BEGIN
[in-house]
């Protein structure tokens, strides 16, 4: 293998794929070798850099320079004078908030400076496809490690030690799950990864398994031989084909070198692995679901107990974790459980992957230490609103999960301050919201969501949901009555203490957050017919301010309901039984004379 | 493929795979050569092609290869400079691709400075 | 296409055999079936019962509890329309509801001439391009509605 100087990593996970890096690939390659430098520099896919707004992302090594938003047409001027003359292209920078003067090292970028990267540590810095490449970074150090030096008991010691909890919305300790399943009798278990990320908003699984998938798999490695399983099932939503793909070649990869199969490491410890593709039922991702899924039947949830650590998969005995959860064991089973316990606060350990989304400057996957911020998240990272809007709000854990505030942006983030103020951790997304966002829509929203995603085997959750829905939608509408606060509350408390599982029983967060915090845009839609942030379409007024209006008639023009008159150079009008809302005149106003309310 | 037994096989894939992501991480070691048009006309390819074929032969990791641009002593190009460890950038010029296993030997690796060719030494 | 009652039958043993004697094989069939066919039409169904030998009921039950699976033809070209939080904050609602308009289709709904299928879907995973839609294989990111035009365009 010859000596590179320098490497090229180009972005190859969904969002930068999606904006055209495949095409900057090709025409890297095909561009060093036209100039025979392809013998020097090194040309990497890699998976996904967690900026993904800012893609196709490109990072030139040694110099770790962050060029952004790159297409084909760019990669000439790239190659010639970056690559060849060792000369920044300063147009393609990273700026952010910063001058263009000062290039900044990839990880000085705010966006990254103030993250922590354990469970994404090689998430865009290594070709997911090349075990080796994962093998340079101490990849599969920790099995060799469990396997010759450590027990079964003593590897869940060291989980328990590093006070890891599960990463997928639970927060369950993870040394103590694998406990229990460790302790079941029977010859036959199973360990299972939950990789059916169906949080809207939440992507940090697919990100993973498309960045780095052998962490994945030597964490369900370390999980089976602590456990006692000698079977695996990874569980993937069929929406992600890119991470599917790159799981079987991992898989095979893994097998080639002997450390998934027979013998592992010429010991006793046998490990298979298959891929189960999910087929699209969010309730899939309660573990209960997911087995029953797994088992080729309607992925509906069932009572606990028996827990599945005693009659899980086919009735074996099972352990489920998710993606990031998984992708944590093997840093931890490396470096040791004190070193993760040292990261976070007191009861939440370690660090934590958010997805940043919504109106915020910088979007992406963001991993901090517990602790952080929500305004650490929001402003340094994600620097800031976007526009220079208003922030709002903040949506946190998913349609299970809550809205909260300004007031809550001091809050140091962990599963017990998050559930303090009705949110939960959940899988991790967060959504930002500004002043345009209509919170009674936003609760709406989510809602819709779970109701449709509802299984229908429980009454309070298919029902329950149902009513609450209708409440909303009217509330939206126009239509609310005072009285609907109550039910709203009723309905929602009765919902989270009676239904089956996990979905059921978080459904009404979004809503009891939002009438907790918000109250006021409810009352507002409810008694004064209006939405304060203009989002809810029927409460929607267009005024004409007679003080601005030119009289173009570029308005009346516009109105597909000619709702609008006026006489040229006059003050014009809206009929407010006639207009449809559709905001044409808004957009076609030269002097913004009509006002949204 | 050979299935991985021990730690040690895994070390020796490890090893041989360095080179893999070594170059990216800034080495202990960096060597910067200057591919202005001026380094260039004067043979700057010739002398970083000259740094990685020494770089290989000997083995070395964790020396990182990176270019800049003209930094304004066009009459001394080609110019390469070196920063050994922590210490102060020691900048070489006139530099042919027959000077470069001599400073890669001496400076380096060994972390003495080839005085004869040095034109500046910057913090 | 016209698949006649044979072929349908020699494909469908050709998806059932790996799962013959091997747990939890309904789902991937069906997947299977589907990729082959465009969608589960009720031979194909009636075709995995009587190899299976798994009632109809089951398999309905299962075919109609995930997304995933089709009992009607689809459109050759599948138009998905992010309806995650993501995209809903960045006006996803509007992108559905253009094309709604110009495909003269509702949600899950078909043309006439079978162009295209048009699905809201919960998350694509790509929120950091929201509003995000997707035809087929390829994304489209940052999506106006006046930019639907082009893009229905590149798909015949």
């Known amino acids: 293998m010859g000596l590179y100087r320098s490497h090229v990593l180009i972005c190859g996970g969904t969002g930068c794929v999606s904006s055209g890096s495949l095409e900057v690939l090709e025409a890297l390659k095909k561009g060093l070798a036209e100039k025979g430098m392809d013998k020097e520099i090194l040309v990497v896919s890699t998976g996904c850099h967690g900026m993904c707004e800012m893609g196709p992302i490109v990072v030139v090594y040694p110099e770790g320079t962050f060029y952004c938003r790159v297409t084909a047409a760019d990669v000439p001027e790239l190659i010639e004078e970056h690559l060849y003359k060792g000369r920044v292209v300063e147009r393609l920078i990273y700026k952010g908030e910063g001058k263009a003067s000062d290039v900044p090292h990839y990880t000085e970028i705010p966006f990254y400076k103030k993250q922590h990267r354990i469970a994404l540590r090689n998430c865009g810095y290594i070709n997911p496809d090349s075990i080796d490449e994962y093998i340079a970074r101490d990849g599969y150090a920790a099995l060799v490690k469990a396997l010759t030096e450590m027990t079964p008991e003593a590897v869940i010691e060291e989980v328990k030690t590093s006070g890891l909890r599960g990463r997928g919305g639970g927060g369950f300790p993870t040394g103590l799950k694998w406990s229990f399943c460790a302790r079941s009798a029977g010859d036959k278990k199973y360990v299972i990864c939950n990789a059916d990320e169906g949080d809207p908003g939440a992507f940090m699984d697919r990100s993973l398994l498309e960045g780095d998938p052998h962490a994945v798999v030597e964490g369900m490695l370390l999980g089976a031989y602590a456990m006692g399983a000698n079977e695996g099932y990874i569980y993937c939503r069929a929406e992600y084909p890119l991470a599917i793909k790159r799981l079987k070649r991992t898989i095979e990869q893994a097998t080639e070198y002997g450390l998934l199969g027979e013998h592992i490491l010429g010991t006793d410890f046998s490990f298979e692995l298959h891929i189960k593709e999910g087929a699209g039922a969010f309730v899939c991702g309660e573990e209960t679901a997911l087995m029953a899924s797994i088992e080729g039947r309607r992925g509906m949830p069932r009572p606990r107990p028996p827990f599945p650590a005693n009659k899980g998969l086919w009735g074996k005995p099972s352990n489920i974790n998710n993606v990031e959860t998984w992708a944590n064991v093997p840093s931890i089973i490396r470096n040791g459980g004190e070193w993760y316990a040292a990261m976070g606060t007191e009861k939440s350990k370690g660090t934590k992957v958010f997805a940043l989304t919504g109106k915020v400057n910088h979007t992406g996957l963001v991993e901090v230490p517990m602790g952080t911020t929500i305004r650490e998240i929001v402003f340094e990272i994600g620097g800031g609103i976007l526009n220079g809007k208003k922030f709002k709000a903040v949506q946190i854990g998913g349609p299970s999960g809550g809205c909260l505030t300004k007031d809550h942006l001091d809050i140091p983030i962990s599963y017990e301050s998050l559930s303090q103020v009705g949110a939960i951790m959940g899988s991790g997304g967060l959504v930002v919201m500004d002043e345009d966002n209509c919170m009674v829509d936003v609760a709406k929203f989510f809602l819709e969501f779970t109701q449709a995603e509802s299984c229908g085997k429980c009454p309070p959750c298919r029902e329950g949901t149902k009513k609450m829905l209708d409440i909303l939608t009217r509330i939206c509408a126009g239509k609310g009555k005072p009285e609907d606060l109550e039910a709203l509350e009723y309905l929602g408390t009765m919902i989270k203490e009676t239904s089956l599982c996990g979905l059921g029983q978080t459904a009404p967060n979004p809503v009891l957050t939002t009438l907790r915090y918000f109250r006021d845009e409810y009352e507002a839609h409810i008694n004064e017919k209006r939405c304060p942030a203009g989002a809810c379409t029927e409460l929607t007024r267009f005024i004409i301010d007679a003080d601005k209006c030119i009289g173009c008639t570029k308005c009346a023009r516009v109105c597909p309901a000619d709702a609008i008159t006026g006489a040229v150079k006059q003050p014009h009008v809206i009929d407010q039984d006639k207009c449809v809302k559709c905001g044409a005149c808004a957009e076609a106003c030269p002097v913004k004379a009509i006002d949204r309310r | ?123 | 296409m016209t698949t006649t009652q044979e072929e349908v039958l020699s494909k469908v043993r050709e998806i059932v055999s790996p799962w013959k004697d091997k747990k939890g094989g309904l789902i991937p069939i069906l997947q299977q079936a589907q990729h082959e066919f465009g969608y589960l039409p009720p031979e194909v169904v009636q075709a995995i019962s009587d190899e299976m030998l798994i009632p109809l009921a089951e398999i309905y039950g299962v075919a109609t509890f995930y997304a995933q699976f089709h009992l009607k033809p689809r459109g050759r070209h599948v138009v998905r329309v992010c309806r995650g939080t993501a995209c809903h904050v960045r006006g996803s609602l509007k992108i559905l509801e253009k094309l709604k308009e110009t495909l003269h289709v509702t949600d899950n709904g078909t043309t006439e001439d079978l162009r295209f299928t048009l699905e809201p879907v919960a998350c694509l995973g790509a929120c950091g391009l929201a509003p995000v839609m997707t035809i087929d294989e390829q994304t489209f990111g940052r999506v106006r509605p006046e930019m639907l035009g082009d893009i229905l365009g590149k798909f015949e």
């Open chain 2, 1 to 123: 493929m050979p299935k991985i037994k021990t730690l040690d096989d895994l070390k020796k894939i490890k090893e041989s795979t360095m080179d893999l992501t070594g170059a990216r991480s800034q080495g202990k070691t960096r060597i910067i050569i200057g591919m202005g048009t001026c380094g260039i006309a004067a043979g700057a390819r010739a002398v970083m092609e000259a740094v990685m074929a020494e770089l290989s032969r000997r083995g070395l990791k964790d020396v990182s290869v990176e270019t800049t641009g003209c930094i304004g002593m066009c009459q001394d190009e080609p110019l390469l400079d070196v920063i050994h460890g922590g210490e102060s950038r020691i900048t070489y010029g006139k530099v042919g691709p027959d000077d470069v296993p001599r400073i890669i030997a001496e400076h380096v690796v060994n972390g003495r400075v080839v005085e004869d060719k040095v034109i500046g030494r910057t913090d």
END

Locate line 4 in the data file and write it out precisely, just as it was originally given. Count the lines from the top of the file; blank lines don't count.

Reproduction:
């Open chain 2, 1 to 123: 493929m050979p299935k991985i037994k021990t730690l040690d096989d895994l070390k020796k894939i490890k090893e041989s795979t360095m080179d893999l992501t070594g170059a990216r991480s800034q080495g202990k070691t960096r060597i910067i050569i200057g591919m202005g048009t001026c380094g260039i006309a004067a043979g700057a390819r010739a002398v970083m092609e000259a740094v990685m074929a020494e770089l290989s032969r000997r083995g070395l990791k964790d020396v990182s290869v990176e270019t800049t641009g003209c930094i304004g002593m066009c009459q001394d190009e080609p110019l390469l400079d070196v920063i050994h460890g922590g210490e102060s950038r020691i900048t070489y010029g006139k530099v042919g691709p027959d000077d470069v296993p001599r400073i890669i030997a001496e400076h380096v690796v060994n972390g003495r400075v080839v005085e004869d060719k040095v034109i500046g030494r910057t913090d």